Effective relapse prevention may begin with an understanding about the nature of temptation – leading to a genuine and on-going covenant/commitment never to allow it houseroom again. Comfortable, sustainable sobriety and freedom from drugs is the natural product of this.
    Far too many people struggle on a daily basis to maintain their sobriety against temptation, and the quality of that sobriety is sometimes so poor that one wonders where they find the will to continue. It’s ruthless self-discipline, rather than true freedom.
    I sometimes talk to such people. They generally have no difficulty in understanding the principles on which temptation works, nor how it needs to be dealt with. Then they might say something to the effect that a covenant is OK for a Christian like me, but where does it leave others?
    It leaves others exactly where it left Job! Job might have been in a relationship with God, but that played no role in his covenant.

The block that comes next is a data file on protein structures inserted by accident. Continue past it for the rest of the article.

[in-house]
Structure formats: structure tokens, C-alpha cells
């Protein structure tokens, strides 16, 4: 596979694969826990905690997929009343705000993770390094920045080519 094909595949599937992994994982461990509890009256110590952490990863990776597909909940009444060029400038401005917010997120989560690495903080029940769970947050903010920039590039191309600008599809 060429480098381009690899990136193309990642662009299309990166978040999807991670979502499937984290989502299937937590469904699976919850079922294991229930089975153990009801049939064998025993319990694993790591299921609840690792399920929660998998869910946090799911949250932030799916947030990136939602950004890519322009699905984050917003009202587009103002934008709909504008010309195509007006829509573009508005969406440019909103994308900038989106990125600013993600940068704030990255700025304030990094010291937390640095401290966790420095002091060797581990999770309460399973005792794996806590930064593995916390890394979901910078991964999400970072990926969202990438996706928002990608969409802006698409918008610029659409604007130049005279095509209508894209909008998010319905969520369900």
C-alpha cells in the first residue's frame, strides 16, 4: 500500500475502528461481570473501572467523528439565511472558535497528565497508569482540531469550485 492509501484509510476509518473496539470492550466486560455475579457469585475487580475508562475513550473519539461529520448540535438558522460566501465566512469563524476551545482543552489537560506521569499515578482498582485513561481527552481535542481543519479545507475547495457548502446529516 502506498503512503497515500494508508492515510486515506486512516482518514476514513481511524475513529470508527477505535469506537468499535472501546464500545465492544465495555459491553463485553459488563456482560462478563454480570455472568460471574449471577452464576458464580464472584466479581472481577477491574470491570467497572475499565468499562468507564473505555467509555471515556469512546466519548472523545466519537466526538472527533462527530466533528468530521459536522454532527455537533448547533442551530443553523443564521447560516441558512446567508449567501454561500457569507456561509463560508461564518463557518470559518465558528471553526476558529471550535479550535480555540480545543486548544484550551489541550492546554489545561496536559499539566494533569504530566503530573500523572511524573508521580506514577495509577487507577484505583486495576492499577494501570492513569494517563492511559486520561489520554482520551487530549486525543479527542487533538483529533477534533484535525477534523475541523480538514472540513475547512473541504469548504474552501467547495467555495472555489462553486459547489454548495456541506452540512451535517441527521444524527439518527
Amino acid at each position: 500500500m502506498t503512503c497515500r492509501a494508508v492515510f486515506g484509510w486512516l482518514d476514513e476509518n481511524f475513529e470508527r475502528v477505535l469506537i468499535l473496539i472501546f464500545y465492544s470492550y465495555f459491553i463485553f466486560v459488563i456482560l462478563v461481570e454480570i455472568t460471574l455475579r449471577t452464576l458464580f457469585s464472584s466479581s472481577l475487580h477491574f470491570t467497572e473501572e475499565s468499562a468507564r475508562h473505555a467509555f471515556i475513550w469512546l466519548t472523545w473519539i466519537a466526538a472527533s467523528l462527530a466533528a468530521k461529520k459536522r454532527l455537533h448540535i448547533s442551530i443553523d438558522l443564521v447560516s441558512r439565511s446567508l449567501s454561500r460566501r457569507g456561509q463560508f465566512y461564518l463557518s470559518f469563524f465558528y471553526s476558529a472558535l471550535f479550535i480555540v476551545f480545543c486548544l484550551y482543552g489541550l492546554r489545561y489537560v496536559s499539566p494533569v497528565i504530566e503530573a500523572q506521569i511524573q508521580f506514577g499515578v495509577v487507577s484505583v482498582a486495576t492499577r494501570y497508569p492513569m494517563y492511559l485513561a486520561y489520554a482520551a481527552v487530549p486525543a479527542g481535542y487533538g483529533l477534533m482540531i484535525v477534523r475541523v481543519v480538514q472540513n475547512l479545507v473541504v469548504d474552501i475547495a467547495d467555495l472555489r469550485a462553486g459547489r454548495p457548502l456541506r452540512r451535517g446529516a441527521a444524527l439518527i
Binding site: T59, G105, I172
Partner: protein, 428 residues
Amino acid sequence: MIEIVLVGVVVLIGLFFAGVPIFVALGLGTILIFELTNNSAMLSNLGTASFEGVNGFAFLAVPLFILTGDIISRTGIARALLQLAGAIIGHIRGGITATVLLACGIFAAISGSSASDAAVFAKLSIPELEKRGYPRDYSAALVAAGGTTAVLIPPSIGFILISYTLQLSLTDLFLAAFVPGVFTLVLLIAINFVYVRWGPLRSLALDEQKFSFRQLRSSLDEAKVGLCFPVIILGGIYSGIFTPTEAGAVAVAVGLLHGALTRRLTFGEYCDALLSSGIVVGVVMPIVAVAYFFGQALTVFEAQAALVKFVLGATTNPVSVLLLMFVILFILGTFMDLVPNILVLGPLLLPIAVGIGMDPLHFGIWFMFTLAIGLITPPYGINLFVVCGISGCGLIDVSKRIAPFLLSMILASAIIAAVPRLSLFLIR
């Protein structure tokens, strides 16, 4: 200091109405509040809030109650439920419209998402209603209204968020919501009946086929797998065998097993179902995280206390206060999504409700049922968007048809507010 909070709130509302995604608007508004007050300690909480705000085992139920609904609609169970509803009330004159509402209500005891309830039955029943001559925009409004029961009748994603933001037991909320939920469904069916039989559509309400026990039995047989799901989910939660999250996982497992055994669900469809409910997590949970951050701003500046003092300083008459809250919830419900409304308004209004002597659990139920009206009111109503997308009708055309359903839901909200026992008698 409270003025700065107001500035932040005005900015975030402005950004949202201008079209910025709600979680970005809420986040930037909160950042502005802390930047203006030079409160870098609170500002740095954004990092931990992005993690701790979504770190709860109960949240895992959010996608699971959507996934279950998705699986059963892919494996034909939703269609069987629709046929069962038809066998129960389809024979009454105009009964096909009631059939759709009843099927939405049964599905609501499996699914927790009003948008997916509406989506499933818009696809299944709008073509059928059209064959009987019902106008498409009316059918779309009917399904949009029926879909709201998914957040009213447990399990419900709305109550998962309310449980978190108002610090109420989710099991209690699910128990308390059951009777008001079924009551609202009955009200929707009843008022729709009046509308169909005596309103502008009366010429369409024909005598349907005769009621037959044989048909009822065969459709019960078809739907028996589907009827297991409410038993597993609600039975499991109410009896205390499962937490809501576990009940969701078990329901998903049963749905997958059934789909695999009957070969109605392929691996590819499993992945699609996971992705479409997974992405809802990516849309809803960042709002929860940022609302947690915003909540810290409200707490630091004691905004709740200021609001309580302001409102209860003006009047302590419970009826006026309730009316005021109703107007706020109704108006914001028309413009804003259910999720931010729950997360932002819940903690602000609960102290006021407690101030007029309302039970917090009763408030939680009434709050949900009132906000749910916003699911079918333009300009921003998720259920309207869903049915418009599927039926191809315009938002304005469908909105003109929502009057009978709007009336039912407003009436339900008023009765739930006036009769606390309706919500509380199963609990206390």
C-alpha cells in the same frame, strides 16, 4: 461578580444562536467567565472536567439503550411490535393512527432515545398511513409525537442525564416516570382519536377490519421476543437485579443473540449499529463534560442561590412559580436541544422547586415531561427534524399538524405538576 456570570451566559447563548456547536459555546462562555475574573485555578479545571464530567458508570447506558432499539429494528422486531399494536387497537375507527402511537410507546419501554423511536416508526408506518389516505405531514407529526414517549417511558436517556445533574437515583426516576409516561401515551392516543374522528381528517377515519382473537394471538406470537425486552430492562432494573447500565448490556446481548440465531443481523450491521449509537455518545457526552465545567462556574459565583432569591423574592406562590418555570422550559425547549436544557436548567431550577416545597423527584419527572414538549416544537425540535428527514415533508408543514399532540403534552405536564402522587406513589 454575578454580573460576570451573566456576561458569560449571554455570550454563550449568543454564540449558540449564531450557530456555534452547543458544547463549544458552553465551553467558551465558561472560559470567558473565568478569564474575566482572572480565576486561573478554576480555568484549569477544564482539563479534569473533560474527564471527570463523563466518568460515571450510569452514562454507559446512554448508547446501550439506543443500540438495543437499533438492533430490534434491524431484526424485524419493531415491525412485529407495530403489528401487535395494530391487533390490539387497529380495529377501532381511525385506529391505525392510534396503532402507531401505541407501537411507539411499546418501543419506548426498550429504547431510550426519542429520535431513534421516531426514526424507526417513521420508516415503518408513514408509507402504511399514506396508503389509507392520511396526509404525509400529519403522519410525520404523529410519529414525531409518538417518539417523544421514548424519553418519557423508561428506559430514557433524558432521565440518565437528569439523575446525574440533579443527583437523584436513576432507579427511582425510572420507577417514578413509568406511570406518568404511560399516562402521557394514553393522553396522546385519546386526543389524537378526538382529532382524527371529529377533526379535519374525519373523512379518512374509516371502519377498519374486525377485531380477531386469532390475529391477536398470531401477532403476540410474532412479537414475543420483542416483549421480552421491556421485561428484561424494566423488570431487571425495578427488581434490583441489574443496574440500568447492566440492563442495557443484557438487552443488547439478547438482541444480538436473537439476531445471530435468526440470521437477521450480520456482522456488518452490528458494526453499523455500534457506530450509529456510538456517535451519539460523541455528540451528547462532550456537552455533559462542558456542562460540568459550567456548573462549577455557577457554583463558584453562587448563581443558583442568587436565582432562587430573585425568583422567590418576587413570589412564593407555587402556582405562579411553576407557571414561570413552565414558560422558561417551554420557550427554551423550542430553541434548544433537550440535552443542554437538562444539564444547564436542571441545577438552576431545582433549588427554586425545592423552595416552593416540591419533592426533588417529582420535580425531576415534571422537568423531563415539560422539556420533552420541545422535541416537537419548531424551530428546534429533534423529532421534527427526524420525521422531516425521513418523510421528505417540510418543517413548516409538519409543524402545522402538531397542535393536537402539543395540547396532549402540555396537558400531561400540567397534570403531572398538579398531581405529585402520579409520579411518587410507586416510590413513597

He built a solid defence against temptation by making a covenant with his eyes – he effectively agreed with himself that he would never even think about it again. He freed himself from the possibility of enslavement to lust and temptation, merely by refusing to give it a single thought.
    Temptation always has to have something to work on. I suspect somewhere deep in each person who relapses (or even each person who is routinely tempted) there is still the notion that there are some circumstances in which they would use again…. and that is all the invitation temptation needs.
    Personally, I have a great deal of respect for anyone who stops using, however they do it, and irrespective of the quality of the freedom they enjoy. As a matter of fact, I’m especially impressed with those who struggle to maintain sobriety when the temptation is seemingly endless – I don’t think I could do that. But though I admire their courage and persistence, I would still like to see them truly overcome.
    It’s a quality of life issue. The difference between those who struggle – and those who enjoy their sobriety – often comes down to nothing more than how they have understood temptation….and what they have done about it.

    ( sorry about the unfortunately christian stance but some of the info is helpful )